Confessions of a nerd

“What’s the study of armorial bearings?” came the question from across the room as Jennifer toyed with the crossword.  “Heraldry,” I offered as I sat in a shut-eyed reverie listening to the rain belt down outside.

“That fits.  So what’s a predatory seabird ending in ‘a’?”  Skua,” I said.

“Smart arse,” said the Squadron Leader in her irrefutable way.  Yeah, I know.  I have a head full of useless information.

There are limited occasions when this collection of pointless minutiae comes into play, such as:

  • finishing crosswords – I can’t sit down and do one by myself, can’t think of a 6 letter word for yell loudly.  But when someone else has done the hard yakka, I can fill in the last few.  A fifth-columnist?  Traitor.  A knot fishermen use?  Bend.
  • the trivia night at Katoomba RSL – when the question asks for the ancient capital of the Aztec empire, I can throw in Tenochtitlan.  Buggered if I can answer any of the questions about Adele or Packed to the Rafters, though.

But all of that stuff (e.g. inventor of the fountain pen – E.B. Waterman) was no good to me when I could definitely have used some help, like when:

  • the really good-looking girls at school were more interested in tantalising gossip and smart repartee , neither of which I had.  One of the most biting insults back then was to be called a “brain”, the 1969 equivalent of “nerd”.  My braininess seemed particularly unappealing to the fashionable set.
  • my first marriage was shredding, and I couldn’t seem to stitch it back together, and I had to tell my teenage children that I wasn’t going to be living with their mother any more
  • my friend Gloria’s life was ebbing away from peritoneal cancer, and I sat by her bed with nothing much to offer her except my presence
  • my father sank deeper into a world where he had neither the distant past, nor even 5 minutes ago, any more and I tried and failed to connect with him.

Where was all my cleverness then?  Where was some apposite factoid to aid me in those situations?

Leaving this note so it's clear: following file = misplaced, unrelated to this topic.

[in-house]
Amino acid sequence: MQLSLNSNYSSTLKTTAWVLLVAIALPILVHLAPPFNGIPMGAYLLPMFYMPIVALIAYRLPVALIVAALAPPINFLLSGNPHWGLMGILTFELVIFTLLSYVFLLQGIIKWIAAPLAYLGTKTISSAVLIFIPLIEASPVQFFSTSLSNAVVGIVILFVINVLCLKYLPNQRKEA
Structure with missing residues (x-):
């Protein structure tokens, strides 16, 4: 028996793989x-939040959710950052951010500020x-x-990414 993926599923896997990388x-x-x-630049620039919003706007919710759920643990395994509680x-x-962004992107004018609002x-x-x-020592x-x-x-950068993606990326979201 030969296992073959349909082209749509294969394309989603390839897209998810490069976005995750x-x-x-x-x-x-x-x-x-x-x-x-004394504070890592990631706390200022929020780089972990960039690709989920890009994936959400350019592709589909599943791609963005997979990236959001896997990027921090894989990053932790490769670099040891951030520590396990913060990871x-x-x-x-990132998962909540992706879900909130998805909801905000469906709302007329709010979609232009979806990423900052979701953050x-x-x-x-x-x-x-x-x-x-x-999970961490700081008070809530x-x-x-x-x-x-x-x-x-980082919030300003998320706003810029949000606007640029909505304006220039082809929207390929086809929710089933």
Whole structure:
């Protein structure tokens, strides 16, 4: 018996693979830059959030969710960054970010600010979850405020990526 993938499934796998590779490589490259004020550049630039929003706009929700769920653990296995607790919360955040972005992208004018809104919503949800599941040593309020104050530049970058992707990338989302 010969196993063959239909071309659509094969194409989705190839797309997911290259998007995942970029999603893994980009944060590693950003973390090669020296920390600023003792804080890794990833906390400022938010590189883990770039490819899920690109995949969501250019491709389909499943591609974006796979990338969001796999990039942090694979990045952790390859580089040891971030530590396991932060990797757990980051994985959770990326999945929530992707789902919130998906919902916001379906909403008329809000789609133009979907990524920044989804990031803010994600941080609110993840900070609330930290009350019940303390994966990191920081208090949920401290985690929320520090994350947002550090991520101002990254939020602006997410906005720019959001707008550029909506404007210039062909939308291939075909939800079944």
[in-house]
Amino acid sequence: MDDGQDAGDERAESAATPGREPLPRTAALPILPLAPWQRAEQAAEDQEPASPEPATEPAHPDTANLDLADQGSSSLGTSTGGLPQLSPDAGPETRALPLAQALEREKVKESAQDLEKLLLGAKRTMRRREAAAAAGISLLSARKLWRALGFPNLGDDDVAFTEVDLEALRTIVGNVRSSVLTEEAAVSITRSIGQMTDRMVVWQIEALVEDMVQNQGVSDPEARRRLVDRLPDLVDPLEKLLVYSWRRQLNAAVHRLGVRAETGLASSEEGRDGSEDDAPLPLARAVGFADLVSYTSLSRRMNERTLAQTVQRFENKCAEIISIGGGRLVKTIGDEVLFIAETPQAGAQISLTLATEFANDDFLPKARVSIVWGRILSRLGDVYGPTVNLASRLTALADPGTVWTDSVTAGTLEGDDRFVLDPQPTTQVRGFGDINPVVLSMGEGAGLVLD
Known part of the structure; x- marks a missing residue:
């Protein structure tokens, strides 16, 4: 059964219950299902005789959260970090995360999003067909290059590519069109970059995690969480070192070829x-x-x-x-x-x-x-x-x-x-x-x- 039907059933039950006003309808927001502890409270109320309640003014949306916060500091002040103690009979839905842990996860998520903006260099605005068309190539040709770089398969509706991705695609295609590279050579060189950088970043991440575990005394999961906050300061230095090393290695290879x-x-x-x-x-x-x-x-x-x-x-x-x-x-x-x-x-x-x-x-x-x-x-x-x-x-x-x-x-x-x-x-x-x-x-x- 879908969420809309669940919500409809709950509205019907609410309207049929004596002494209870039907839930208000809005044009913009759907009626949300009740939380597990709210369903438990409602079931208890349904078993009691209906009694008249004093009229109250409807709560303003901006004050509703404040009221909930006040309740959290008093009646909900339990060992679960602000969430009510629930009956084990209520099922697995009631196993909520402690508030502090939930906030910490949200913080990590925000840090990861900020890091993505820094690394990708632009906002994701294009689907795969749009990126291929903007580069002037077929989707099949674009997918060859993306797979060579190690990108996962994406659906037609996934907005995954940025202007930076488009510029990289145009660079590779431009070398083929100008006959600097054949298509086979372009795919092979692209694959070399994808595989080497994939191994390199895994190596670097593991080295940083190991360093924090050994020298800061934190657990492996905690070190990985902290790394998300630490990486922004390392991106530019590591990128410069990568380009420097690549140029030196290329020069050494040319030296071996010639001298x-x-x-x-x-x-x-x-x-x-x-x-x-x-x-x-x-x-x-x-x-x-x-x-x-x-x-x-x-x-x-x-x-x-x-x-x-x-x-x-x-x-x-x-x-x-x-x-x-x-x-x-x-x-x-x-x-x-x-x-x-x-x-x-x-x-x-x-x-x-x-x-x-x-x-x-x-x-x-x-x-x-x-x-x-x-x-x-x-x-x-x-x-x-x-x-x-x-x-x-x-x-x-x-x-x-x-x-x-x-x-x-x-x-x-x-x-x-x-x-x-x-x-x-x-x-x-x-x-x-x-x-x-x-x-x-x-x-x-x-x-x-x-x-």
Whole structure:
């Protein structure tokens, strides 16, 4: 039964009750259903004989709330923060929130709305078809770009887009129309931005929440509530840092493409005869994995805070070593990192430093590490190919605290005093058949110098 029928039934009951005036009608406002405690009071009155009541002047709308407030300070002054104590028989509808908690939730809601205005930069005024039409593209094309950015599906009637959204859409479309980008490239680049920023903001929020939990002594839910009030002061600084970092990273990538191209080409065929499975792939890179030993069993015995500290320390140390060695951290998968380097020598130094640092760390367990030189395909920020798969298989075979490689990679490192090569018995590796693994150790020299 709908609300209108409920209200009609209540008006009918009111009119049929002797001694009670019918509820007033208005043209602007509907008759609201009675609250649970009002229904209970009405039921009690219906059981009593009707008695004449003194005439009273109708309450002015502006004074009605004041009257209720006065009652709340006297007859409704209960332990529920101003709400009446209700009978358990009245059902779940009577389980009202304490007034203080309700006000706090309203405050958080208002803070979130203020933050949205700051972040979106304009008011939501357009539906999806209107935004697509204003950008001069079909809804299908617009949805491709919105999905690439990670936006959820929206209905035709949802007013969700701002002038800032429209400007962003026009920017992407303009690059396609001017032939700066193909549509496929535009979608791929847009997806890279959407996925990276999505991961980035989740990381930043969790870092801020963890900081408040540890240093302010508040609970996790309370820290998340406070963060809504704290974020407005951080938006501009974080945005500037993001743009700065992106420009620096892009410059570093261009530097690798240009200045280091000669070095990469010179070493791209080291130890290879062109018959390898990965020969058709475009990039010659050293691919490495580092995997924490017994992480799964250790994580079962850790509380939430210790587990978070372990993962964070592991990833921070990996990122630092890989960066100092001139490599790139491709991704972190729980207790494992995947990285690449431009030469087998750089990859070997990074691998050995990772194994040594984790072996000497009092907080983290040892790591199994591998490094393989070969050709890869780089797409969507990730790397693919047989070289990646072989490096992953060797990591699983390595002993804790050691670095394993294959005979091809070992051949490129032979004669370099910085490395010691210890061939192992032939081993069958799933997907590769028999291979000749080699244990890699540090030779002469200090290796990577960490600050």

I am damned if I know why, or how, those bits of abstruse information lodge themselves in my head, when I can’t remember that I was supposed to buy coffee beans.  But I have taken steps to put some more useful data in there.

For instance, I can now recite the Four Noble Truths, the Eight Worldly Winds, the Divine Abodes and the Bodhisattva Aspiration.  They may not be deployable in crosswords but they are better friends in tight corners.

And, maybe, those once good-looking girls from school, now in their late fifties, might find my braininess a little more attractive, come trivia night at the RSL.

david white

PS  My final confession – I couldn’t name, to complete the crossword, the shambolic subject of the novel by Laurence Sterne – Tristram Shandy.  But Richard Nixon’s chief of staff who took the wrap and went to jail?  H R Haldeman, you bet.


  1. Oh, and I would have totally got Tristram Shandy right.

    • Belinda
    • February 1st, 2012

    Definitely inherited this trait from you – I kicked butt in Trivial Pursuit last week.

    I don’t think it’s at odds with common sense or emotional intelligence, but you need to develop them separately and concurrently. Geez, it’s a lot of for being a well-rounded individual!

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